• 0

      I’d like to see an answer to this problem, Linda. My ex (for whom I’m full time carer) came up with the idea that perhaps we could organise a non profit residential village concept…. those who buy there own their own property there and sell it on for themselves etc. She has a cousin in the Adelaide Hills who does that with a church run over-whatever living facility, and it works a charm with nobody being greased along the way.

      I can imagine the opposition in councils for such a proposal….. driven by the local interest groups….. they’d screech that if we took ten people out of their holding paddock, when they can only fit in fifty out of fifty thousand, we would be cutting their business throat…. and I know which way a ‘council’ would go.

  8. 0

    Nope – dont increase the allowance . Instead encourage retirees to downsize or move to cheaper rental suburbs or cities

    • 0


      You can lead the charge, try Orroroo.

    • 0

      No way, Jose` – pensioners and other retirees are entitled to live where they choose without all this needless pressure on them to sell up and downsize and use any residual to fund their own retirement, after a lifetime of paying taxes into social security.

      Double the allowance……………………

    • 0

      If i had to rent, I would definetly move to an affordable town and save more on my pension instead of whinging and moaning and demanding greater handouts from the taxpayer

    • 0

      But pensioners and retirees are taxpayers…….. they’re just getting their fair share……

    • 0

      Raphael, affordable towns do not necessarily have a good health care structure. my niece lives in Esperance, but had to drive to Kalgoolie or perth to get basic gyno treatment that every gyno in Melbourne could do. her life depended on this treatment as she has stage 2 cervical cancer. So moving for an older person away from medical facilities is not the answer for older people with health issues(and most old people do, my grandmother lived to 105 and she had issues towards the end)

  9. 0

    Greed or fairness. Which model? Greed every time. Certainly under the current government.
    If you want even the hope of fairness then vote appropriately or accept your future.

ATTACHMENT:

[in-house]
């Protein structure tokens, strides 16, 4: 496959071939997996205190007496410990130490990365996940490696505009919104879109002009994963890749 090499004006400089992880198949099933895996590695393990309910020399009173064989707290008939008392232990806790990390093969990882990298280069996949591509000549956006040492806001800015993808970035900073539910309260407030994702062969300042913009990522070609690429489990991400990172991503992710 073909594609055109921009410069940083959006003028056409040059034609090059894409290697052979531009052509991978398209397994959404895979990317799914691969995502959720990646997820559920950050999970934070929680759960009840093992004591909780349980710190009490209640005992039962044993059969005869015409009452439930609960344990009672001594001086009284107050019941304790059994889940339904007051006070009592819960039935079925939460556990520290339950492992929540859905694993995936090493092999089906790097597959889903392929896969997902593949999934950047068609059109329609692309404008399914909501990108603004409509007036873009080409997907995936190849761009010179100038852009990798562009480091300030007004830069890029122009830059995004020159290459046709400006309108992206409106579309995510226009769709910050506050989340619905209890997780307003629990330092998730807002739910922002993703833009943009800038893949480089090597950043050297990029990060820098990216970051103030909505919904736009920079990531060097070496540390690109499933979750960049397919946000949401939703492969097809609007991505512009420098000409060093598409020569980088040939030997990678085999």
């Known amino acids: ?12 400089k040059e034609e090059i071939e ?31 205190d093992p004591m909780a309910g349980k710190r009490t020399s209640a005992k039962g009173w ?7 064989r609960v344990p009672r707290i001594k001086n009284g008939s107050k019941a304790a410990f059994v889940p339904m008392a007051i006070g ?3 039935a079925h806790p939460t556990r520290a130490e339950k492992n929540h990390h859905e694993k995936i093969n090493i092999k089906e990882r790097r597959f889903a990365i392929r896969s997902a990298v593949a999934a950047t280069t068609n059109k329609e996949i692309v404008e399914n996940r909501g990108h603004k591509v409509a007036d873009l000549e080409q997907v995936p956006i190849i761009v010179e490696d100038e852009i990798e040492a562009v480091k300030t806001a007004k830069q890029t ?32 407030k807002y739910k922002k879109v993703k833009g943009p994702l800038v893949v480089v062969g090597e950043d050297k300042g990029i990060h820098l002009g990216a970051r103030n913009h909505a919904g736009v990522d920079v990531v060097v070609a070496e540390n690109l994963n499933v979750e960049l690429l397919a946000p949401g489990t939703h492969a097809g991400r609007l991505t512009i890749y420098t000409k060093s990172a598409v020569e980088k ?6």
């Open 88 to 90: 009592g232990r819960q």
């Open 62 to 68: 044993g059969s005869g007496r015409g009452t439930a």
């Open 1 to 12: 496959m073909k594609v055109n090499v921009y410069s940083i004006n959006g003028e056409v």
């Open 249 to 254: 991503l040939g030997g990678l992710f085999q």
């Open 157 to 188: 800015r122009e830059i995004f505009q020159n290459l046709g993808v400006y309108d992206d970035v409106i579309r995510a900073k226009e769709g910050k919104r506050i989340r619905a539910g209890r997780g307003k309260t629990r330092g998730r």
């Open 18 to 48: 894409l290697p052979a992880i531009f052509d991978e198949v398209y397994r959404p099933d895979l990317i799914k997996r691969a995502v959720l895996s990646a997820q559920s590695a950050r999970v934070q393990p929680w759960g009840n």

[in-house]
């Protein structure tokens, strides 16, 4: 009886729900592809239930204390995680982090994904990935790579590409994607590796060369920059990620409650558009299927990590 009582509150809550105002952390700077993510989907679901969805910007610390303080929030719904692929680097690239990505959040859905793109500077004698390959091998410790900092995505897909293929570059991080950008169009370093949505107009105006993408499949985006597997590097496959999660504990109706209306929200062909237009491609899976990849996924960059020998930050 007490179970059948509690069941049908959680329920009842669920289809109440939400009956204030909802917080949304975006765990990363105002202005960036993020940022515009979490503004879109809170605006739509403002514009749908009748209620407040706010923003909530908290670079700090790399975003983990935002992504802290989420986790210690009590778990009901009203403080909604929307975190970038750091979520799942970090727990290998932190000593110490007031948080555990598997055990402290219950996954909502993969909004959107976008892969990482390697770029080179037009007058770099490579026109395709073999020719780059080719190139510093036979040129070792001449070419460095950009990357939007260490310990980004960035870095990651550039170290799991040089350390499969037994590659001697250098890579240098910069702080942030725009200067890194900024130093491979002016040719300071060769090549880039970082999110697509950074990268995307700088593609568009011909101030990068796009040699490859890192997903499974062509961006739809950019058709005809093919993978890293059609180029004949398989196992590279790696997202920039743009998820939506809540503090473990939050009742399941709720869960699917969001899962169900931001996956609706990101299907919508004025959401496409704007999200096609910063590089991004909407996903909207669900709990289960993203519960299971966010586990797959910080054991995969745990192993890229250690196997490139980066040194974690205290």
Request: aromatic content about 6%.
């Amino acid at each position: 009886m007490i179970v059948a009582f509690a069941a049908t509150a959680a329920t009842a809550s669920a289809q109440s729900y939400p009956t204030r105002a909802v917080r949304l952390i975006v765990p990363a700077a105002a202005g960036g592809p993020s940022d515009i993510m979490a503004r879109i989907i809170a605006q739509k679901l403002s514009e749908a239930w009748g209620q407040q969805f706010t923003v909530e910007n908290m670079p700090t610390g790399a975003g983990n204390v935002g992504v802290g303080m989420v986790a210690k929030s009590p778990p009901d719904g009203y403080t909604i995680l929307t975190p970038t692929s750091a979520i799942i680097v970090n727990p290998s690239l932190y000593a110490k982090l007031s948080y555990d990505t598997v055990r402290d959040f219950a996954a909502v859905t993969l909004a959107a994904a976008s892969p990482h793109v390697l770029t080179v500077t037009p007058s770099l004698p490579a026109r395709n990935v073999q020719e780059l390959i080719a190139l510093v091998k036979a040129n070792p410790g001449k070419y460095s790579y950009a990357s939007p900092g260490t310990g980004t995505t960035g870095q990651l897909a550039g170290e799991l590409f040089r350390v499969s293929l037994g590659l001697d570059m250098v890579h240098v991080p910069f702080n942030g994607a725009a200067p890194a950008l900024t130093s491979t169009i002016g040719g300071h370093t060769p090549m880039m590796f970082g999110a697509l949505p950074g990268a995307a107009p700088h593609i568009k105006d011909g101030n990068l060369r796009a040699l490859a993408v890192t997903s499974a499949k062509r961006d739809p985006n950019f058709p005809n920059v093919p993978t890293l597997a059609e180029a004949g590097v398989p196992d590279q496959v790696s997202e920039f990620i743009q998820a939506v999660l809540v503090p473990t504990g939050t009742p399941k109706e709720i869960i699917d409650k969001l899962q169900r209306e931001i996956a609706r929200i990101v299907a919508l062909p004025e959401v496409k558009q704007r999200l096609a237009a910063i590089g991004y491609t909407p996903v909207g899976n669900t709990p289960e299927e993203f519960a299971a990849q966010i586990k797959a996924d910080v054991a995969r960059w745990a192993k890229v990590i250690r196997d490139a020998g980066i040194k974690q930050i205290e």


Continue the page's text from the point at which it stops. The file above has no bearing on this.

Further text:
• 0

      Mick, a bloke called G. Orwell wrote a book some time ago called Animal Farm – you should read it! There are characters in that book who remind me so much of you (Napoleon, Snowball). Do yourself a favour and have a read – I am sure you will get the drift within 50 pages or so!

    • 0

      Oh, come on, Al – if anyone is more equal than the rest – that has to be me and thee… and sometimes I wonder about thee.

    • 0

      Mick, please enlighten us – tell us how we should vote appropriately.

      Obviously your choice would not be the Libs, so is it Labor, or maybe the Greens?

  10. 0

    I don’t recall Centrelink having rent allowance, It was called rental assistance and was not meant to pay the full portion of rent. It was for people not having home ownership and not living with family. These days that accounts for a lot of people, as the expectation of home ownership doesn’t exist anymore.

    The amount is only enough to pay for the very poorest accommodation. Like $120 a fortnight might get a single person a tent in a caravan park.
    This sort of proposition for an age pensioner who has no work prospects, is a little ridiculous. So the other part of the pension must be intended to cover some rent expenses.

    It’s more than a little bit vague, what formula they use to determine rent assistance. One would need to look at rent assistance over the last 10 years compared to increases in average rent to see if they are proportional.